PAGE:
I want to analyze every piece of data ever published on that company, and get a guarantee from the CFO that it will do well before I buy it.
Let’s wait to do that until we get married.
I’m putting my financial life on hold until I’m sure that our relationship is going to work out
Let’s take out a home equity loan and buy investment property.

Let’s borrow exactly enough for the down payment and make sure that we have consistent positive cash flow for the next 10 years before we invest a penny.



February 05, 2022

Managing finances before and through a divorce

Divorce is always devastating. But for some couples, parting with their other half is easy compared to dividing income and assets fairly.

While some partners may have unrealistic expectations or simply aren't emotionally ready to settle up, others are dishonest and deliberately try to hide or deplete their assets.

Either way, the financial negotiations of divorce will be the largest financial transaction most individuals will ever participate in, says Justin A. Reckers, a financial planner who works with couples that have or are contemplating a split.

Most every divorcing person will prefer things, at least the financial side, to remain the same post-divorce as they were during their marriage. In reality, the pay cheque doesn't go as far when supporting two completely separate households, so everyone loses financially in divorce, he points out.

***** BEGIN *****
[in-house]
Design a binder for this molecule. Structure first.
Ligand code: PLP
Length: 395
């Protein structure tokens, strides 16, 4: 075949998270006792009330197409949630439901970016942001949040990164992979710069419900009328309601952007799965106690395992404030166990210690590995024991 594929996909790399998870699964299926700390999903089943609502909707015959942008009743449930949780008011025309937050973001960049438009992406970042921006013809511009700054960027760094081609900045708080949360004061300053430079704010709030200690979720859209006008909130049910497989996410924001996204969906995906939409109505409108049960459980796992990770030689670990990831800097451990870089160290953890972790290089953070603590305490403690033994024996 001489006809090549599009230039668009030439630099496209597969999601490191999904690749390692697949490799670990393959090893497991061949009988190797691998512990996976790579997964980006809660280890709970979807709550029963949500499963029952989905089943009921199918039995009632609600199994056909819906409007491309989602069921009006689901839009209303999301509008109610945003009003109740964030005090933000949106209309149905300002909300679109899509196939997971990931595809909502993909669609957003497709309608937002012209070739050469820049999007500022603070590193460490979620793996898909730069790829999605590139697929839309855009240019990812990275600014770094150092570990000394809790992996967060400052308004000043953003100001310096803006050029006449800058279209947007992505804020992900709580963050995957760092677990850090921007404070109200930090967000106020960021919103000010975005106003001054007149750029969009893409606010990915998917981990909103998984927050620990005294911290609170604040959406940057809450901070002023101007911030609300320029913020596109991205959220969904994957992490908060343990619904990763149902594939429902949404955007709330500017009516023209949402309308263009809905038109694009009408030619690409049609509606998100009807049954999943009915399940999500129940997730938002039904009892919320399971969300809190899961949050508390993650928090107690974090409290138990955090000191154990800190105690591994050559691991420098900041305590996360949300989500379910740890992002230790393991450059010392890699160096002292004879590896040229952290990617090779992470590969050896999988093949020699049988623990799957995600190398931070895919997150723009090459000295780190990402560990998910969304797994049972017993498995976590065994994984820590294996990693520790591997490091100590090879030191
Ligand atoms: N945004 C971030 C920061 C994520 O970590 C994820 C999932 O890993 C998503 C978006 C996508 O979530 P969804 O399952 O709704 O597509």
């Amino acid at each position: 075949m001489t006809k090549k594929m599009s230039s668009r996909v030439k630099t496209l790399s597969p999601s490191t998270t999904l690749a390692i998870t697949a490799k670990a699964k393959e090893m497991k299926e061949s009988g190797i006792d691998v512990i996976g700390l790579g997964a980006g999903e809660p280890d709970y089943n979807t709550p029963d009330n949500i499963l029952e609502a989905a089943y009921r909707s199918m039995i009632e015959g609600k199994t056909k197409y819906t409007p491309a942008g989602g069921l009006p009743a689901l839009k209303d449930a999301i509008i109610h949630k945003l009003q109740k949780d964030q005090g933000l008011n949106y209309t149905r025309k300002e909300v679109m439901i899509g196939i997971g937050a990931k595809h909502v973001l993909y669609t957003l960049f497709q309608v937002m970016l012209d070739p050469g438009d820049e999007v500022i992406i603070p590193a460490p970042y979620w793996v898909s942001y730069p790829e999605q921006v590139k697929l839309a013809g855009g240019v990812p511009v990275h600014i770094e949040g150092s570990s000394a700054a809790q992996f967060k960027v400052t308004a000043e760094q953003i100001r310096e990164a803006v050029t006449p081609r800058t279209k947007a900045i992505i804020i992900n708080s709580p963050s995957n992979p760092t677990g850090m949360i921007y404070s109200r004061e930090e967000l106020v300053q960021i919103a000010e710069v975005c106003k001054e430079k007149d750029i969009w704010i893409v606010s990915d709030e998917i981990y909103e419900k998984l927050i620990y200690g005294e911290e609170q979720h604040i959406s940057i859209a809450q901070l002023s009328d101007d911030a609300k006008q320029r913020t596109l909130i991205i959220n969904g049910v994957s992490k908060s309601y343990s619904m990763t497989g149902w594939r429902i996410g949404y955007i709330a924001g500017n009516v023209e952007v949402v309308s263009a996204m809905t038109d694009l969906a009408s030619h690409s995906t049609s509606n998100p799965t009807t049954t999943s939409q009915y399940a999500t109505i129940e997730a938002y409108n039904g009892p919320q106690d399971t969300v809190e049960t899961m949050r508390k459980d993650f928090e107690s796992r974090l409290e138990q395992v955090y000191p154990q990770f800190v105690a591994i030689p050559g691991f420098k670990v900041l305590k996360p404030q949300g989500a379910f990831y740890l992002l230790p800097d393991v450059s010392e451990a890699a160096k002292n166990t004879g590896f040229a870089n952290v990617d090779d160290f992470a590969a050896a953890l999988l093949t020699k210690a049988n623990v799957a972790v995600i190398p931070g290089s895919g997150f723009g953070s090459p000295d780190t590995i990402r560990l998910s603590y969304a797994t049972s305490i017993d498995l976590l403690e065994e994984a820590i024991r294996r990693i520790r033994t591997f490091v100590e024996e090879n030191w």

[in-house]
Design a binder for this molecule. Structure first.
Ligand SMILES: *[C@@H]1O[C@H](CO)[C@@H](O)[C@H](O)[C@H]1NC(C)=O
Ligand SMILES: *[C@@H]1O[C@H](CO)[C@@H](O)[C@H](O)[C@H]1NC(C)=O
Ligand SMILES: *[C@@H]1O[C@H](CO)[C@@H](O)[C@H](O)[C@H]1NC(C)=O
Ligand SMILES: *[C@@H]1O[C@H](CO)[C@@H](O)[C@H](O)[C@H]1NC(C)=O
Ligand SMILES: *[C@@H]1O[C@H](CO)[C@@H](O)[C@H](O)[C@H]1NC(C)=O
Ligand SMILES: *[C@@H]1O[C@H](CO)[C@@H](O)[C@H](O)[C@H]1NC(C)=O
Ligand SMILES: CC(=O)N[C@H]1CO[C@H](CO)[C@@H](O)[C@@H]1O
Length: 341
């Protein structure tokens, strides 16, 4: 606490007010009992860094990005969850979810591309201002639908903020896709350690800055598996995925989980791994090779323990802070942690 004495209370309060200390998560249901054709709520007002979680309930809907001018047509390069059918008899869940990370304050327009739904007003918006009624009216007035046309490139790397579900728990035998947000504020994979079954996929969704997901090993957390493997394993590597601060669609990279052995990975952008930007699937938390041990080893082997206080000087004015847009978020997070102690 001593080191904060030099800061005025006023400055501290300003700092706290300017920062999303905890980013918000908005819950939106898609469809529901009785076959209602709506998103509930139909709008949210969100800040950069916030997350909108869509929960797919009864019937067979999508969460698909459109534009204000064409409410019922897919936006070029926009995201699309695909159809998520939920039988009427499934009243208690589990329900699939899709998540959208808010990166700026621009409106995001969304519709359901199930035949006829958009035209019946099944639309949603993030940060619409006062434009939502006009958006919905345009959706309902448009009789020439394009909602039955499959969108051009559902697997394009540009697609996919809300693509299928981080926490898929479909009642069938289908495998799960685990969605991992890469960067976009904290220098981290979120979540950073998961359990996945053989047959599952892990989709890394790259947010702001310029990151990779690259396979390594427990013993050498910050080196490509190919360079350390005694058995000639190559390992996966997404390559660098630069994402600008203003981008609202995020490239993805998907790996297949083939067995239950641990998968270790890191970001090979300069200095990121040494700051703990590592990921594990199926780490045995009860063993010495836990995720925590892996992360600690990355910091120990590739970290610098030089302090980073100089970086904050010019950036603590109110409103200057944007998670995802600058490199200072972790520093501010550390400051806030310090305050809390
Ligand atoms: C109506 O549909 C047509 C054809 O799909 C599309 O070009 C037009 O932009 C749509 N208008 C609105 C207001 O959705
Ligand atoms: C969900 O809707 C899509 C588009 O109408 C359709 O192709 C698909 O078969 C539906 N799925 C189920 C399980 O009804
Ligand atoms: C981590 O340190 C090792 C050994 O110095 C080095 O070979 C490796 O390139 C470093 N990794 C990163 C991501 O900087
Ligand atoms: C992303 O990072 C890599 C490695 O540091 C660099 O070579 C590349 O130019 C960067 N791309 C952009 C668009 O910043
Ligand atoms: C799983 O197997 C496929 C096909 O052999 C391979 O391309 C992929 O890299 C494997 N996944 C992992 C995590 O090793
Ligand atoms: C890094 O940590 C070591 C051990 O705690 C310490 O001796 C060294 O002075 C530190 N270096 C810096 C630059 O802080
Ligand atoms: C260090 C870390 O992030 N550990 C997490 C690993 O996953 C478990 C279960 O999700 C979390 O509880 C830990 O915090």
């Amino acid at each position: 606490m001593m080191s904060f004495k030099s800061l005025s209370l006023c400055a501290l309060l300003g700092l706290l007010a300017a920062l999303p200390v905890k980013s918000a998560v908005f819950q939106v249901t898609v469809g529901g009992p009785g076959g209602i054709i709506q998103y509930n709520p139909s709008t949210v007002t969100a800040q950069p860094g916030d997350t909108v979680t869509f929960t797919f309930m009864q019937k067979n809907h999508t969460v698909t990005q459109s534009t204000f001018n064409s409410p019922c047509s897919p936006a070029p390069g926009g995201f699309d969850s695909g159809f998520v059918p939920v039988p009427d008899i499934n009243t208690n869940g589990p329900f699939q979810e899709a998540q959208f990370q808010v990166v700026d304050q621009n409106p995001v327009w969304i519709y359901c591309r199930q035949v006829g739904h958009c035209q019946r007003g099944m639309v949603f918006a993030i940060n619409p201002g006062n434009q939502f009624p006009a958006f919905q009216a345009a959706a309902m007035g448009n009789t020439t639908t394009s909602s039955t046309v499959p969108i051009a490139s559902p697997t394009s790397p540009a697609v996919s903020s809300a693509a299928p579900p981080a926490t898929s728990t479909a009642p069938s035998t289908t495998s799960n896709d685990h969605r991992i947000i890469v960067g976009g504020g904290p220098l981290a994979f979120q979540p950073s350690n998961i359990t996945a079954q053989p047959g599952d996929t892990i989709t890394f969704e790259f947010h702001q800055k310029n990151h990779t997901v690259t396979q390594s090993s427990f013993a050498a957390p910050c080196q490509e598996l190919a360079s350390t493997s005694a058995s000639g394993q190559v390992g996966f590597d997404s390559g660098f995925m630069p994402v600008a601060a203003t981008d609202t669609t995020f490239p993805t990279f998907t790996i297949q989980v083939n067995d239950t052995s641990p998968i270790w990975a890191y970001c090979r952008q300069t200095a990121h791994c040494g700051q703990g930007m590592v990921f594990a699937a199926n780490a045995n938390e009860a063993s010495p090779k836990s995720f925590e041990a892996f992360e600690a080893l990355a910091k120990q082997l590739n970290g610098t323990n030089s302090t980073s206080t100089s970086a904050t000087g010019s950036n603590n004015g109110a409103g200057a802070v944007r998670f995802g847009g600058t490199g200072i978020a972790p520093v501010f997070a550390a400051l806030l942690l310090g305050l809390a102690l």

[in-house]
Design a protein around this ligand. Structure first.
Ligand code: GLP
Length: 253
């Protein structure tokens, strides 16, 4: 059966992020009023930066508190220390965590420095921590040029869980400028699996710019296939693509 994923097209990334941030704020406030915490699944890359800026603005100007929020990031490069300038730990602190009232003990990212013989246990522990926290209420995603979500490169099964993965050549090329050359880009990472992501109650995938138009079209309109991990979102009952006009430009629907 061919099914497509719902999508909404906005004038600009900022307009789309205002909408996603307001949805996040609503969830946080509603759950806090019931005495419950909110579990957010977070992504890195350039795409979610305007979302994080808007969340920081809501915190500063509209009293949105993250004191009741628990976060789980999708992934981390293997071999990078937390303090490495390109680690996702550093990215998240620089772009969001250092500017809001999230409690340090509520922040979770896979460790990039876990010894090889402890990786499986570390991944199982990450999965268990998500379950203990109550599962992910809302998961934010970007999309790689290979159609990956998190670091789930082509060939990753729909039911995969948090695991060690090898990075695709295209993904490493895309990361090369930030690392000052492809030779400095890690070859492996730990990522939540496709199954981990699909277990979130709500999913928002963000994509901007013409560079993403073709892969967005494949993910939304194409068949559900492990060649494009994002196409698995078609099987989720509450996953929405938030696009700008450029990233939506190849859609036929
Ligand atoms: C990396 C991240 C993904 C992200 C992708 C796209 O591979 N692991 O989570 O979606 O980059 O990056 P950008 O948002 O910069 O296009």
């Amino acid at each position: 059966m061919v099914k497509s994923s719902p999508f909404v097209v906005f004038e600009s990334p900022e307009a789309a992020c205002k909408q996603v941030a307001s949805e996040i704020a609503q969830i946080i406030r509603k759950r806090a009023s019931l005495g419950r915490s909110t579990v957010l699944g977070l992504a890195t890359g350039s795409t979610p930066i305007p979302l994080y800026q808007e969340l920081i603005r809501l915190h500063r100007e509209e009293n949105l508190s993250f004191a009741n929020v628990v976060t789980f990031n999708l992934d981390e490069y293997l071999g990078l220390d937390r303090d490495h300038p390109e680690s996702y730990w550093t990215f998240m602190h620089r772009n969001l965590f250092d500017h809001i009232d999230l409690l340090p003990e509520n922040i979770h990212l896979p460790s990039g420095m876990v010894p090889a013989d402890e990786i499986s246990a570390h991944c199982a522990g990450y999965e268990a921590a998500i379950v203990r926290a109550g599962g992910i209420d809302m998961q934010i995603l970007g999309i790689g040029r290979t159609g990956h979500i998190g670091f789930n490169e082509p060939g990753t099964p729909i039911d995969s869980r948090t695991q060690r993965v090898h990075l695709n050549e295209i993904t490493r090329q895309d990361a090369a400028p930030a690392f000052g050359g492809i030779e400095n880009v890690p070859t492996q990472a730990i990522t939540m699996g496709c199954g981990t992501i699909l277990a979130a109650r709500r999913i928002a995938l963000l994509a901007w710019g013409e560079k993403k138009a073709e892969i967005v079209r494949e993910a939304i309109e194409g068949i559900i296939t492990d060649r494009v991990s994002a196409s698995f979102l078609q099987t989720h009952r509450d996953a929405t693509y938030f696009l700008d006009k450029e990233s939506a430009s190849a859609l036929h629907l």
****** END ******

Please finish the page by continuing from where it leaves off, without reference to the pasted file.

If you think your relationship might be on shaky ground, here are a few things he suggests you think about long before you knock on his door.

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January 31, 2022

Divorced? Separated? Would you ever consider getting married again?

Statistics suggest that more second marriages fail than first marriages.

Despite this, many divorced or widowed men and women do remarry, complicating their financial affairs and creating a fluid network of step-relatives, all with their own sets of financial expectations.

As couples get older and their lives more complicated, more of those entering new relationships seem to be choosing to postpone or forgo such formal arrangements for fear of these financial consequences.

And second-time-around Canadians are much more inclined to talk about marriage contracts or prenuptial agreements than they once were.

Are you one of them? Do you know someone who is?  

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December 11, 2021

Share my pension? No way, we've been separated for years.

In the rush to first open that RRSP, you probably signed reams of documents. But, if your circumstances have changed at all, now might be a good time to review just what you signed -- particularly when it comes to your beneficiary.

1056041_man_woman_heart_5It's pretty standard advice: If you're married or living in a common-law relationship, you're probably better off to name your spouse or partner as the beneficiary.

This way, your RRSP assets can be rolled over to his or her plan at your death, allowing you to avoid paying tax until the surviving spouse is faced with his or her own final tax return.

Reassess this in the event of divorce or remarriage, however. There have been cases where pension money went to a former spouse after the ex’s death, even though he'd embarked on another long-term relationship.

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Gordon PowersGordon Powers

A long-time fund company executive, Gordon Powers now heads up the Affinity Group, a financial services consulting firm. Gordon was a personal finance columnist for the Globe & Mail for many years, has taught retirement planning...